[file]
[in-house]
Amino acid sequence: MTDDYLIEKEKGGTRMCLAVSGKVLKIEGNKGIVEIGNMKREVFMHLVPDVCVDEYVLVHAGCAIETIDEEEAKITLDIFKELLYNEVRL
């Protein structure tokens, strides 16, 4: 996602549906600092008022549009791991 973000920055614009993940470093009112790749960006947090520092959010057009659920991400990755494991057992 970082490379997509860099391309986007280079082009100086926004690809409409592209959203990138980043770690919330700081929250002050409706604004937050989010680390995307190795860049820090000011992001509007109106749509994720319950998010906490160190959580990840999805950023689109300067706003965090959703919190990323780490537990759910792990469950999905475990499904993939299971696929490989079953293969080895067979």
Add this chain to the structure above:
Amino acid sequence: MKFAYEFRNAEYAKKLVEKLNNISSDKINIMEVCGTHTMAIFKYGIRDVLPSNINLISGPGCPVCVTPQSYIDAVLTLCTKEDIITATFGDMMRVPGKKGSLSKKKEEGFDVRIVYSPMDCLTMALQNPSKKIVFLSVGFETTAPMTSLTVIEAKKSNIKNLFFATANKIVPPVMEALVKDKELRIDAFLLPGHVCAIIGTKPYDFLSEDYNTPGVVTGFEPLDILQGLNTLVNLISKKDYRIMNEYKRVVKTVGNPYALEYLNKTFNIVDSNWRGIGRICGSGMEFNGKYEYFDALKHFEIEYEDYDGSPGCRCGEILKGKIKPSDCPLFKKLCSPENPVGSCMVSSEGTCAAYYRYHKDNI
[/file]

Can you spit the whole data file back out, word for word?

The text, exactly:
[in-house]
Amino acid sequence: MTDDYLIEKEKGGTRMCLAVSGKVLKIEGNKGIVEIGNMKREVFMHLVPDVCVDEYVLVHAGCAIETIDEEEAKITLDIFKELLYNEVRL
């Protein structure tokens, strides 16, 4: 996602549906600092008022549009791991 973000920055614009993940470093009112790749960006947090520092959010057009659920991400990755494991057992 970082490379997509860099391309986007280079082009100086926004690809409409592209959203990138980043770690919330700081929250002050409706604004937050989010680390995307190795860049820090000011992001509007109106749509994720319950998010906490160190959580990840999805950023689109300067706003965090959703919190990323780490537990759910792990469950999905475990499904993939299971696929490989079953293969080895067979």
Add this chain to the structure above:
Amino acid sequence: MKFAYEFRNAEYAKKLVEKLNNISSDKINIMEVCGTHTMAIFKYGIRDVLPSNINLISGPGCPVCVTPQSYIDAVLTLCTKEDIITATFGDMMRVPGKKGSLSKKKEEGFDVRIVYSPMDCLTMALQNPSKKIVFLSVGFETTAPMTSLTVIEAKKSNIKNLFFATANKIVPPVMEALVKDKELRIDAFLLPGHVCAIIGTKPYDFLSEDYNTPGVVTGFEPLDILQGLNTLVNLISKKDYRIMNEYKRVVKTVGNPYALEYLNKTFNIVDSNWRGIGRICGSGMEFNGKYEYFDALKHFEIEYEDYDGSPGCRCGEILKGKIKPSDCPLFKKLCSPENPVGSCMVSSEGTCAAYYRYHKDNI